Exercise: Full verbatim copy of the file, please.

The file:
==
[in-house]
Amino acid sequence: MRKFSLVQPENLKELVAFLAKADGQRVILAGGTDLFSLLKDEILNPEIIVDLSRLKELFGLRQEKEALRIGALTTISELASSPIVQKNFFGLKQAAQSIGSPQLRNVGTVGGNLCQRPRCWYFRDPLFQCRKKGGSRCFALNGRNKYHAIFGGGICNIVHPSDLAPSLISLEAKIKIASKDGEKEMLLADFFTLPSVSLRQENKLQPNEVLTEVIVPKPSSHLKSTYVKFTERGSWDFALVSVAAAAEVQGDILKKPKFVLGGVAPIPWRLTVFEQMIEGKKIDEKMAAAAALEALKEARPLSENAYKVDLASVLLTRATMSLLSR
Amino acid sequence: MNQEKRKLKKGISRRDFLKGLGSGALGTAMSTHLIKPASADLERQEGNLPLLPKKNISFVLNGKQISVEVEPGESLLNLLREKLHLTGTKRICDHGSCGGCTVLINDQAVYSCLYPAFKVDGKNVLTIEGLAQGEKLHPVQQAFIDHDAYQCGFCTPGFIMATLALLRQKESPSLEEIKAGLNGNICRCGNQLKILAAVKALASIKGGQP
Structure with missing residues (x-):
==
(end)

[in-house]
Amino acid sequence: MRKFSLVQPENLKELVAFLAKADGQRVILAGGTDLFSLLKDEILNPEIIVDLSRLKELFGLRQEKEALRIGALTTISELASSPIVQKNFFGLKQAAQSIGSPQLRNVGTVGGNLCQRPRCWYFRDPLFQCRKKGGSRCFALNGRNKYHAIFGGGICNIVHPSDLAPSLISLEAKIKIASKDGEKEMLLADFFTLPSVSLRQENKLQPNEVLTEVIVPKPSSHLKSTYVKFTERGSWDFALVSVAAAAEVQGDILKKPKFVLGGVAPIPWRLTVFEQMIEGKKIDEKMAAAAALEALKEARPLSENAYKVDLASVLLTRATMSLLSR
Amino acid sequence: MNQEKRKLKKGISRRDFLKGLGSGALGTAMSTHLIKPASADLERQEGNLPLLPKKNISFVLNGKQISVEVEPGESLLNLLREKLHLTGTKRICDHGSCGGCTVLINDQAVYSCLYPAFKVDGKNVLTIEGLAQGEKLHPVQQAFIDHDAYQCGFCTPGFIMATLALLRQKESPSLEEIKAGLNGNICRCGNQLKILAAVKALASIKGGQP
Structure with missing residues (x-):